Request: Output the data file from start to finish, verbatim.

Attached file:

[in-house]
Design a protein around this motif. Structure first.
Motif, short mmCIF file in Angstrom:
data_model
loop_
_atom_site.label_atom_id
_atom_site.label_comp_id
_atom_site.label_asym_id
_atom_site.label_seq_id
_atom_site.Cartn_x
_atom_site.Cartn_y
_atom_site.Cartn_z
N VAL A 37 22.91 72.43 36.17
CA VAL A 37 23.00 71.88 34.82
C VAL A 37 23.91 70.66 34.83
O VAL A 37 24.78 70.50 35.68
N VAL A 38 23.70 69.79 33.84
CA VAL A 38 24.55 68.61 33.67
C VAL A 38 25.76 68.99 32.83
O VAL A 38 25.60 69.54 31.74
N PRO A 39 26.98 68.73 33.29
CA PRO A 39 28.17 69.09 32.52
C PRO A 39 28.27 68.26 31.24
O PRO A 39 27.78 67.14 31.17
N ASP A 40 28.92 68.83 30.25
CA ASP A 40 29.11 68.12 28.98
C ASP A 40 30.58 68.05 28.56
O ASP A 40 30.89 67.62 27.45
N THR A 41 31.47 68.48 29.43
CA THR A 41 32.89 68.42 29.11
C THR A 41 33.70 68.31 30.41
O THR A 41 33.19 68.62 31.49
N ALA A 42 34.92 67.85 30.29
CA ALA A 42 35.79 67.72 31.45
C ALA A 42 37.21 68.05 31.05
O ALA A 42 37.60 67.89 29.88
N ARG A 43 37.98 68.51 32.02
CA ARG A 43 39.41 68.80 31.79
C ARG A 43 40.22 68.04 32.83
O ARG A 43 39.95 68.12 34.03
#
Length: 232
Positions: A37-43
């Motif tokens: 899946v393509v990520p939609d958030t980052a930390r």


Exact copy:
[in-house]
Design a protein around this motif. Structure first.
Motif, short mmCIF file in Angstrom:
data_model
loop_
_atom_site.label_atom_id
_atom_site.label_comp_id
_atom_site.label_asym_id
_atom_site.label_seq_id
_atom_site.Cartn_x
_atom_site.Cartn_y
_atom_site.Cartn_z
N VAL A 37 22.91 72.43 36.17
CA VAL A 37 23.00 71.88 34.82
C VAL A 37 23.91 70.66 34.83
O VAL A 37 24.78 70.50 35.68
N VAL A 38 23.70 69.79 33.84
CA VAL A 38 24.55 68.61 33.67
C VAL A 38 25.76 68.99 32.83
O VAL A 38 25.60 69.54 31.74
N PRO A 39 26.98 68.73 33.29
CA PRO A 39 28.17 69.09 32.52
C PRO A 39 28.27 68.26 31.24
O PRO A 39 27.78 67.14 31.17
N ASP A 40 28.92 68.83 30.25
CA ASP A 40 29.11 68.12 28.98
C ASP A 40 30.58 68.05 28.56
O ASP A 40 30.89 67.62 27.45
N THR A 41 31.47 68.48 29.43
CA THR A 41 32.89 68.42 29.11
C THR A 41 33.70 68.31 30.41
O THR A 41 33.19 68.62 31.49
N ALA A 42 34.92 67.85 30.29
CA ALA A 42 35.79 67.72 31.45
C ALA A 42 37.21 68.05 31.05
O ALA A 42 37.60 67.89 29.88
N ARG A 43 37.98 68.51 32.02
CA ARG A 43 39.41 68.80 31.79
C ARG A 43 40.22 68.04 32.83
O ARG A 43 39.95 68.12 34.03
#
Length: 232
Positions: A37-43
């Motif tokens: 899946v393509v990520p939609d958030t980052a930390r």